Interestingly, there's even a mineral-rich planet suitable for Terraforming on the twin Holes' dinner platter. Its characteristics DO look a bit odd but I guess Terraformers are little miracle machines anyway. A house with a view of the night sky would be fine.

I hope the Sirius Corporation doesn't get any funny ideas about this...

To the crossroads, once more...

I returned three days ago from a two-months trip to the NGC 7822 Stellar Nursery area, mapping out YSOs, Black Holes and Neutron Stars. It took me two days of trading in a cramped T-7 to realize (again) that I don't belong here. Busy trade lanes full of traffic, comms chatter, wannabe pirates and the omnipresent systems' police. I got wanderlust... again. I sold my Beryllium (for the gazillionth time), gave the traffic warden some bucks for a mug of coffee and told him to mothball my Space Mule and went to the Stellar Cartographics Bulletin Board. It didn't take long to find a secondary entry, on behalf of a privately funded operation, asking for aid in mapping out the edges of some of the Milky Ways' spiral arms. What followed was a short comms exchange with the operation's Commander, and then things were set: It would take a decent amount of time but should be worth the stretch. StellCart would buy the exploration data as usual but would leave all other mapping rights to the operation. A more perfect stage couldn't be asked for...

So I went out in my 32 LY Asp Explorer and headed towards the Musca Dark Region and the Coalsack Dark Nebula. I like to see the Coalsack as a crossroads of sorts, because from there you can basically go further coreward, towards the Pipe Dark Nebula and, further on, the Lagoon Nebula; or you might go in the galaxy's trailing direction, where eventually you will find the Eta Carina Nebula and get to the rim of the Sagittarius Arm of the Milky Way.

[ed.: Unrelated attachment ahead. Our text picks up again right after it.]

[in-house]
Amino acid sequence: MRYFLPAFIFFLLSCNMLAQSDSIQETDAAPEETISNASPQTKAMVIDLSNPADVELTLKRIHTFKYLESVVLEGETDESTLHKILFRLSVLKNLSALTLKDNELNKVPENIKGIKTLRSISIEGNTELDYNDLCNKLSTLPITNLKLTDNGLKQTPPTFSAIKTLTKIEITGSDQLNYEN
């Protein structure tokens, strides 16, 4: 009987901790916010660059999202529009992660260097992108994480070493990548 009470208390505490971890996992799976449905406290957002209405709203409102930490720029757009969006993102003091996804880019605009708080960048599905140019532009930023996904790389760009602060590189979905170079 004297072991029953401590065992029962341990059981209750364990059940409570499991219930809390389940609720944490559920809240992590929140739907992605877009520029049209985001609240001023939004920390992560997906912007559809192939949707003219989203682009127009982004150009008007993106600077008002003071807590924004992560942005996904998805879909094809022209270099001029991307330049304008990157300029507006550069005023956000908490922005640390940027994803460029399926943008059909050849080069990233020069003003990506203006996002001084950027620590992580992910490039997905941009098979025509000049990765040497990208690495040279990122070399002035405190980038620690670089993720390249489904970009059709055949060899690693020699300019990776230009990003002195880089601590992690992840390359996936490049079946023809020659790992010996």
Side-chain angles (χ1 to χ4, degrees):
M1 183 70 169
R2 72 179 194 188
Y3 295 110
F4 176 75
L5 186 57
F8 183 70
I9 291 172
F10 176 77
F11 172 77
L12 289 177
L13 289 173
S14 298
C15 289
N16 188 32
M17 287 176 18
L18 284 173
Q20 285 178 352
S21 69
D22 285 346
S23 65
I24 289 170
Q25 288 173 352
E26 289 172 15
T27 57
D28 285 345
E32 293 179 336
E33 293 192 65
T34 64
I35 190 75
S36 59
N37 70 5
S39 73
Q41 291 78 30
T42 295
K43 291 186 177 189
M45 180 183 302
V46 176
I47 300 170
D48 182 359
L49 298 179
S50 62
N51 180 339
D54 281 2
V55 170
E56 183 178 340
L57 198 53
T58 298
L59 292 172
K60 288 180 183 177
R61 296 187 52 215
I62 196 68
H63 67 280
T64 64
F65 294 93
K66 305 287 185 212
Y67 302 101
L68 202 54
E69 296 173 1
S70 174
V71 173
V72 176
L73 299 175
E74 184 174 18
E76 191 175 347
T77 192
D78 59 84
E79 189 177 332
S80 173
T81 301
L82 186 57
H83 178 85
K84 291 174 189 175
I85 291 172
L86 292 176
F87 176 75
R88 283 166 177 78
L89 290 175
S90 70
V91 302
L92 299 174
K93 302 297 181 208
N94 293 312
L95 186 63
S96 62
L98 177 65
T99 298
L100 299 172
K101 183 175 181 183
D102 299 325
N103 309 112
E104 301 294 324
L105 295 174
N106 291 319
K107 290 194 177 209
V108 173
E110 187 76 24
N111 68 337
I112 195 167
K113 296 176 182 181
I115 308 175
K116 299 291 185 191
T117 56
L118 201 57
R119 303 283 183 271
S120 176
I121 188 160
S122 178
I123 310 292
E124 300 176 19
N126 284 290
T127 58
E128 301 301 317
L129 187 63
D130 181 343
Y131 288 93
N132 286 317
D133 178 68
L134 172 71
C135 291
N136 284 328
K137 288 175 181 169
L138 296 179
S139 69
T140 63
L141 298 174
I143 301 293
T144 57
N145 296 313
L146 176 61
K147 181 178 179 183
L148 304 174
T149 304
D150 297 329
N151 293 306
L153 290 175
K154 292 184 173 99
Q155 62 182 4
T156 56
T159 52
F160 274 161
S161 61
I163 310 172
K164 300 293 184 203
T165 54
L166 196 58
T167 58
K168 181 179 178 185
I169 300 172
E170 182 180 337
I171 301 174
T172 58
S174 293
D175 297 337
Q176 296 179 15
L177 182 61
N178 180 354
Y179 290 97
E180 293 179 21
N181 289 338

Both, Musca Dark Region and the Coalsack are ideal for novice Explorers as they basically lie at the doorstep of inhabited space and are easy to navigate and quite dense with stars. Musca is a place filled with many, many brown dwarfs (where you cannot scoop fuel) but also patches of main sequence stars with the occasional sub-giant or (super-)giant star. Ah yes, and quite a few of the very young O and B type stars, which are generally hunted for their Black Holes and Neutron Stars they might contain.

Approaching the Coalsack, the stretches of brown dwarfs get thinner and give way to the more 'regular' variety of stars. Star density is still more than enough to navigate here and quite a few stars have terrestial planets suitable for Terraforming or even boast an intact ecology already teeming with life. And then of course there is the Dark Nebula of the Coalsack itself. It's a dark and beautiful jewel, especially when viewed with the Milky Way as background. Make sure to shoot some pictures out here for a postcard for your loved ones at home!

All of this presents many opportunities for the up-and-coming Explorer to hone his navigational skills and get a grip on the different types of stars and stellar bodies (yes, there are quite a few of them): What's a TT-star and what's a T-star? What's an A1 III and what's a Y5 V? Where do I find habitable planets? Where do I find planets rich in minerals? After some time, you'll get the hang of it, I'm sure.

Time to move on...